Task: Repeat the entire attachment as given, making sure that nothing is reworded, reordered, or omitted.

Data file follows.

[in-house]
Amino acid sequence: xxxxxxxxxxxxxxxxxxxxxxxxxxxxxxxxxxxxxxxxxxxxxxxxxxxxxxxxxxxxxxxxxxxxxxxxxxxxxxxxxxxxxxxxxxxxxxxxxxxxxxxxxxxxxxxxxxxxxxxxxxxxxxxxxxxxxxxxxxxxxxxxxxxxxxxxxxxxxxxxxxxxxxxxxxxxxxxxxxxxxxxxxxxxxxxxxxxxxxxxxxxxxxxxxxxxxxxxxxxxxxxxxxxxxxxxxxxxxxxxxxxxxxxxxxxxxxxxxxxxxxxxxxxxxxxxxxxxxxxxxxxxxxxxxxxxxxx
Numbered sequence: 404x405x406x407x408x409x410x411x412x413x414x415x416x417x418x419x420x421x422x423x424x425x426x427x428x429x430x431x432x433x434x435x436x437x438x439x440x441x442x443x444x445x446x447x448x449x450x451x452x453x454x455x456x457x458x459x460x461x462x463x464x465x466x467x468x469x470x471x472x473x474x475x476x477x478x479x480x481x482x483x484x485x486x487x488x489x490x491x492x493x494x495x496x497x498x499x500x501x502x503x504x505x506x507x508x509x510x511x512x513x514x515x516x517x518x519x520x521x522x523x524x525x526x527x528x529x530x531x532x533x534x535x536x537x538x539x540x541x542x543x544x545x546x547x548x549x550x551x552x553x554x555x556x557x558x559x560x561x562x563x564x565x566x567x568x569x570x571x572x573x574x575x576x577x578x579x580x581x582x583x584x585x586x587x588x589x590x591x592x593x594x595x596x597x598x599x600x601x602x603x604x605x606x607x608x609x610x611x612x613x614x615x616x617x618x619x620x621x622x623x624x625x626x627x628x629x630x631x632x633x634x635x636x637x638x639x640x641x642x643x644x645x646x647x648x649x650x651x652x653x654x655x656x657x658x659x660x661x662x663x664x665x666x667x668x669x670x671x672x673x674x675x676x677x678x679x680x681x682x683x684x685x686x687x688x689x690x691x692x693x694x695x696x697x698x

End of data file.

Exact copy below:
[in-house]
Amino acid sequence: xxxxxxxxxxxxxxxxxxxxxxxxxxxxxxxxxxxxxxxxxxxxxxxxxxxxxxxxxxxxxxxxxxxxxxxxxxxxxxxxxxxxxxxxxxxxxxxxxxxxxxxxxxxxxxxxxxxxxxxxxxxxxxxxxxxxxxxxxxxxxxxxxxxxxxxxxxxxxxxxxxxxxxxxxxxxxxxxxxxxxxxxxxxxxxxxxxxxxxxxxxxxxxxxxxxxxxxxxxxxxxxxxxxxxxxxxxxxxxxxxxxxxxxxxxxxxxxxxxxxxxxxxxxxxxxxxxxxxxxxxxxxxxxxxxxxxxx
Numbered sequence: 404x405x406x407x408x409x410x411x412x413x414x415x416x417x418x419x420x421x422x423x424x425x426x427x428x429x430x431x432x433x434x435x436x437x438x439x440x441x442x443x444x445x446x447x448x449x450x451x452x453x454x455x456x457x458x459x460x461x462x463x464x465x466x467x468x469x470x471x472x473x474x475x476x477x478x479x480x481x482x483x484x485x486x487x488x489x490x491x492x493x494x495x496x497x498x499x500x501x502x503x504x505x506x507x508x509x510x511x512x513x514x515x516x517x518x519x520x521x522x523x524x525x526x527x528x529x530x531x532x533x534x535x536x537x538x539x540x541x542x543x544x545x546x547x548x549x550x551x552x553x554x555x556x557x558x559x560x561x562x563x564x565x566x567x568x569x570x571x572x573x574x575x576x577x578x579x580x581x582x583x584x585x586x587x588x589x590x591x592x593x594x595x596x597x598x599x600x601x602x603x604x605x606x607x608x609x610x611x612x613x614x615x616x617x618x619x620x621x622x623x624x625x626x627x628x629x630x631x632x633x634x635x636x637x638x639x640x641x642x643x644x645x646x647x648x649x650x651x652x653x654x655x656x657x658x659x660x661x662x663x664x665x666x667x668x669x670x671x672x673x674x675x676x677x678x679x680x681x682x683x684x685x686x687x688x689x690x691x692x693x694x695x696x697x698x